We typically send out our annual holiday greeting in late January and early February to coincide with the celebration of the Lunar New Year. This year’s e-card features a photo (left) that I took of some kids we met on a trip to Nepal and Bhutan last year (their lunar new year celebration is called "Losar" and it can last up to 15 days!). The kids are extending the traditional greeting of “Namaste”, which is (for those of you who aren’t familiar with the word) a way to pay homage or show respect for the person they meet. It literally means “I bow to you” and it recognizes the life force that we all share. I was constantly struck by the sincerity in the way people greeted each other and felt that this image would be the perfect way for us to express our best wishes for a happy new year & valentine's day to our friends and clients.
One of the most interesting things we saw on our trip was the arts and crafts style architecture in Bhutan. I've included (below) some photos that I took there highlighting some examples of the country's unique vernacular architecture, traditional architectural elements and construction techniques. Bhutan is focused on preserving traditional arts and culture and one of the ways they achieve this is by requiring that construction of all new public and private buildings adhere to traditional design criteria. Building design in Bhutan also employs some inherently sustainable design practices. Traditionally, Bhutanese buildings have been built with locally available stone, wood, bamboo and occasionally clay & adobe bricks. Rammed earth or stone is placed between timber frames for insulation. Roofs are raised with an open space (Shambarnang) below the roof which allows natural ventilation and creates an area for dry storage. Houses also utilize the space for sleeping during warm months.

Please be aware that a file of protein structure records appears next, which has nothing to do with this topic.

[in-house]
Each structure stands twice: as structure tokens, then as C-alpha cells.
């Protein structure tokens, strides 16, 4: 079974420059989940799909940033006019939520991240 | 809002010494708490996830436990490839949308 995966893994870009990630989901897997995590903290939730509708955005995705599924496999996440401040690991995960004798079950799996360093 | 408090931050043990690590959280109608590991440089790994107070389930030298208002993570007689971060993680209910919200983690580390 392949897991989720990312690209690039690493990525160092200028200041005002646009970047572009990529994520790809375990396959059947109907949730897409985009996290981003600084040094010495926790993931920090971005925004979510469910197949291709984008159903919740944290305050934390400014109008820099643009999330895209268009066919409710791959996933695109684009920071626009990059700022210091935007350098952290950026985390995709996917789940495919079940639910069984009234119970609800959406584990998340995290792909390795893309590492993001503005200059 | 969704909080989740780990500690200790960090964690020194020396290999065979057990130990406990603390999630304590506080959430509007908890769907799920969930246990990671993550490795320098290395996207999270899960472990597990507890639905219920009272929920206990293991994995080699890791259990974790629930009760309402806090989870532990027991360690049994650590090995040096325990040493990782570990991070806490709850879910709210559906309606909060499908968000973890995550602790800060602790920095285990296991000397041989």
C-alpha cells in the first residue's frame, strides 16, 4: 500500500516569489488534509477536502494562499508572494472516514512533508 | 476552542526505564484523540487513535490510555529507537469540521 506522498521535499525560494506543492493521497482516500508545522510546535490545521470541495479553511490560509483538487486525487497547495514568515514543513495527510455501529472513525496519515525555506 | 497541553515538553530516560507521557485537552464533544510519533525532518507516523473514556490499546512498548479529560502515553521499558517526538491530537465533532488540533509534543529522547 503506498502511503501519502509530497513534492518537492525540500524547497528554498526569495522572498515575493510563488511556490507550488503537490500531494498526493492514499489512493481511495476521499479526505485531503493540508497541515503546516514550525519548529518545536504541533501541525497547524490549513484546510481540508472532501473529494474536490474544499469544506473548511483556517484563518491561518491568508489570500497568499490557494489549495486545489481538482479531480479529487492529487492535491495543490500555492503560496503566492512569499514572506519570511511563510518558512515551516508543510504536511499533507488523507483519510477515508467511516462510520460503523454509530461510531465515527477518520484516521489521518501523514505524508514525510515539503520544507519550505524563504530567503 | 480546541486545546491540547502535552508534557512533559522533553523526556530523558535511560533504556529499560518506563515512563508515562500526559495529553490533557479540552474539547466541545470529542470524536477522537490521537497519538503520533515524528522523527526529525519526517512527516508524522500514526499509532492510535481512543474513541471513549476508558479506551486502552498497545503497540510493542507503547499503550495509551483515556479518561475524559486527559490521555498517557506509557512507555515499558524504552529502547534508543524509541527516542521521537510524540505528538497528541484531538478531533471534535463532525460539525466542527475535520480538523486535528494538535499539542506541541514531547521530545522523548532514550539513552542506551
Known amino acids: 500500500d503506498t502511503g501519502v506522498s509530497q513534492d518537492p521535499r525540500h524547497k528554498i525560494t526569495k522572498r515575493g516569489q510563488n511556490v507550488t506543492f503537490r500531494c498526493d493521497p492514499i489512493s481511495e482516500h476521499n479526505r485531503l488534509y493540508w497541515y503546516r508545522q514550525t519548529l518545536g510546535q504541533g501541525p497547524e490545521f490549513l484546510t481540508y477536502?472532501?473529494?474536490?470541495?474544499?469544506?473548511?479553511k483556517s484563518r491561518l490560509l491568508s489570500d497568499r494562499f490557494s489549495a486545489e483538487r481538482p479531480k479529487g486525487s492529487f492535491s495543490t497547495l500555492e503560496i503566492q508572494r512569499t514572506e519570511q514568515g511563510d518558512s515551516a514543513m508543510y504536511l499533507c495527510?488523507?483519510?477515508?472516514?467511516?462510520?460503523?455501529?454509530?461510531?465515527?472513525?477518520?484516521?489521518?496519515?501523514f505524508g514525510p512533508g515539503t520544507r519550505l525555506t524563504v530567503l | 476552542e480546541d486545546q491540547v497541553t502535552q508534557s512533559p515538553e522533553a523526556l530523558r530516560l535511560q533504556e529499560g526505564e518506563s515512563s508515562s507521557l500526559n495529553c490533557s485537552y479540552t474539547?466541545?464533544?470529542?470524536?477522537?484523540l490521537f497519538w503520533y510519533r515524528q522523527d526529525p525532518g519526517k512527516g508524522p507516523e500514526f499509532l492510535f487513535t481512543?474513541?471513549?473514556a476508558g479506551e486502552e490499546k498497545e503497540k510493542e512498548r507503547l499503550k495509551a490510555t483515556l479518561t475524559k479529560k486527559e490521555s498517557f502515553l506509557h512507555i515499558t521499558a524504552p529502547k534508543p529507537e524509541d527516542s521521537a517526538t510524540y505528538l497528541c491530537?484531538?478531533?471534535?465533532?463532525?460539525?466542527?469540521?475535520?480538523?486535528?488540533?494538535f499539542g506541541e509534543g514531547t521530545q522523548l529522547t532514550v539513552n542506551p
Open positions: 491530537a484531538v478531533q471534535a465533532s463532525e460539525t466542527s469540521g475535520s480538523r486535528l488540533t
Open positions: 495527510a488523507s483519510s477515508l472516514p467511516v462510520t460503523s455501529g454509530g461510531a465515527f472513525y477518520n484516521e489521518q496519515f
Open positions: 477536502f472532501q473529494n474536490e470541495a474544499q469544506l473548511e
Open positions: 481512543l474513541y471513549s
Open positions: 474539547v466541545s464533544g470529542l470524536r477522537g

SMarchitecture / Austin
a blog about smart design + architecture + interiors